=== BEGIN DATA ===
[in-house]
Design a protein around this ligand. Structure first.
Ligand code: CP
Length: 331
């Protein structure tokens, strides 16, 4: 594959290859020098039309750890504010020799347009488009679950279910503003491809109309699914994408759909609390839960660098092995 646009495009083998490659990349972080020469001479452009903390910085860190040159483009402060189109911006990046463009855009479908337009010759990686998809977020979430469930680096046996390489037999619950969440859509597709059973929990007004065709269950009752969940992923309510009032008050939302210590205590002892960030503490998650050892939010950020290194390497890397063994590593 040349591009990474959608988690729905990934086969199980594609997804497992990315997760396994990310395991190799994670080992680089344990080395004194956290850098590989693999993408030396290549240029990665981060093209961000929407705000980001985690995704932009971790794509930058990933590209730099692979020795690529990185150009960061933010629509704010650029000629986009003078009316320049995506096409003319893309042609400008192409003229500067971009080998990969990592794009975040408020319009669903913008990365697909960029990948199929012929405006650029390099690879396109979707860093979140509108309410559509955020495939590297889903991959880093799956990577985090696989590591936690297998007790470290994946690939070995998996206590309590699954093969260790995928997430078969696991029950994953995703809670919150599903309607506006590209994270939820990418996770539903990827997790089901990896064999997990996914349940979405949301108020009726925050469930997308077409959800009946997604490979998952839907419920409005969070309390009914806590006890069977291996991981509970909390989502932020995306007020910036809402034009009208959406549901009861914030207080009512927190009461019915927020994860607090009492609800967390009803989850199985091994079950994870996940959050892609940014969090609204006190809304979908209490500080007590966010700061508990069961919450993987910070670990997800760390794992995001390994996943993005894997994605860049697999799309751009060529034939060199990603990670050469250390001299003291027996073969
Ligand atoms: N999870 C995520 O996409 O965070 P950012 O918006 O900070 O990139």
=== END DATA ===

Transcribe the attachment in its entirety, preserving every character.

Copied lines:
[in-house]
Design a protein around this ligand. Structure first.
Ligand code: CP
Length: 331
């Protein structure tokens, strides 16, 4: 594959290859020098039309750890504010020799347009488009679950279910503003491809109309699914994408759909609390839960660098092995 646009495009083998490659990349972080020469001479452009903390910085860190040159483009402060189109911006990046463009855009479908337009010759990686998809977020979430469930680096046996390489037999619950969440859509597709059973929990007004065709269950009752969940992923309510009032008050939302210590205590002892960030503490998650050892939010950020290194390497890397063994590593 040349591009990474959608988690729905990934086969199980594609997804497992990315997760396994990310395991190799994670080992680089344990080395004194956290850098590989693999993408030396290549240029990665981060093209961000929407705000980001985690995704932009971790794509930058990933590209730099692979020795690529990185150009960061933010629509704010650029000629986009003078009316320049995506096409003319893309042609400008192409003229500067971009080998990969990592794009975040408020319009669903913008990365697909960029990948199929012929405006650029390099690879396109979707860093979140509108309410559509955020495939590297889903991959880093799956990577985090696989590591936690297998007790470290994946690939070995998996206590309590699954093969260790995928997430078969696991029950994953995703809670919150599903309607506006590209994270939820990418996770539903990827997790089901990896064999997990996914349940979405949301108020009726925050469930997308077409959800009946997604490979998952839907419920409005969070309390009914806590006890069977291996991981509970909390989502932020995306007020910036809402034009009208959406549901009861914030207080009512927190009461019915927020994860607090009492609800967390009803989850199985091994079950994870996940959050892609940014969090609204006190809304979908209490500080007590966010700061508990069961919450993987910070670990997800760390794992995001390994996943993005894997994605860049697999799309751009060529034939060199990603990670050469250390001299003291027996073969
Ligand atoms: N999870 C995520 O996409 O965070 P950012 O918006 O900070 O990139």